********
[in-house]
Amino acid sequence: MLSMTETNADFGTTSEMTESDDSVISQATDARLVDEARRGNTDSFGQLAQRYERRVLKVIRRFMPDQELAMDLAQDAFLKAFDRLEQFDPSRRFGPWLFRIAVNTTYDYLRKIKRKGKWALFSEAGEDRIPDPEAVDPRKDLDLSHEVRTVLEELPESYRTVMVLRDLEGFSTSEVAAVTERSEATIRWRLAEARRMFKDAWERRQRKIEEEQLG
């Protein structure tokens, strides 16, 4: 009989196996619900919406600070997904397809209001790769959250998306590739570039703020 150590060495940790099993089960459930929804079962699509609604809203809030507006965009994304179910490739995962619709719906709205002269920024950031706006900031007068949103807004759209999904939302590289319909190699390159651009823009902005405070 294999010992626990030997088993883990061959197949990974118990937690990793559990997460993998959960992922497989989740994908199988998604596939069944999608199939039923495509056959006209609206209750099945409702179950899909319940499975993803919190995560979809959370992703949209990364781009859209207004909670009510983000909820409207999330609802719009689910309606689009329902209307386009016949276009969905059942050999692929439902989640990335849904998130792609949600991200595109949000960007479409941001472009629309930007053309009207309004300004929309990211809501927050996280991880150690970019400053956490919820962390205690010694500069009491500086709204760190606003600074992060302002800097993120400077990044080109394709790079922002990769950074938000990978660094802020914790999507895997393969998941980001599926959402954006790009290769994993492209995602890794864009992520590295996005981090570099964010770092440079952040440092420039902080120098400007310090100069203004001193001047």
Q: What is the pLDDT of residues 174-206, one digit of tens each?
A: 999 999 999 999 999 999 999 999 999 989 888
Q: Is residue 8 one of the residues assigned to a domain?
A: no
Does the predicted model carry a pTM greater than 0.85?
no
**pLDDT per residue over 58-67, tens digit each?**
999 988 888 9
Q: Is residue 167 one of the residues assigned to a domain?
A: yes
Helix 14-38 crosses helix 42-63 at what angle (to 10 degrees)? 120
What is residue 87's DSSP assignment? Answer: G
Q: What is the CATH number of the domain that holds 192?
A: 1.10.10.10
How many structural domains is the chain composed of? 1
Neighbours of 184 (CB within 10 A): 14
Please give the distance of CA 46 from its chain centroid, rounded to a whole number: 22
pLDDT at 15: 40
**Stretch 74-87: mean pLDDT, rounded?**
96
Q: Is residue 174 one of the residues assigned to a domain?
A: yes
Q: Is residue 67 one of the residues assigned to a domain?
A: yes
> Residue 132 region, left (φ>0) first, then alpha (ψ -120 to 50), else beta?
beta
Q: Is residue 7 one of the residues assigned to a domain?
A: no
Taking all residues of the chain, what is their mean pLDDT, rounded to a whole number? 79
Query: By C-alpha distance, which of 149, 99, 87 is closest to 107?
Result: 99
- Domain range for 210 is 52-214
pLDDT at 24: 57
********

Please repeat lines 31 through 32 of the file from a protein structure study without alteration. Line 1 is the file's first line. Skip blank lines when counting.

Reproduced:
A: no
Taking all residues of the chain, what is their mean pLDDT, rounded to a whole number? 79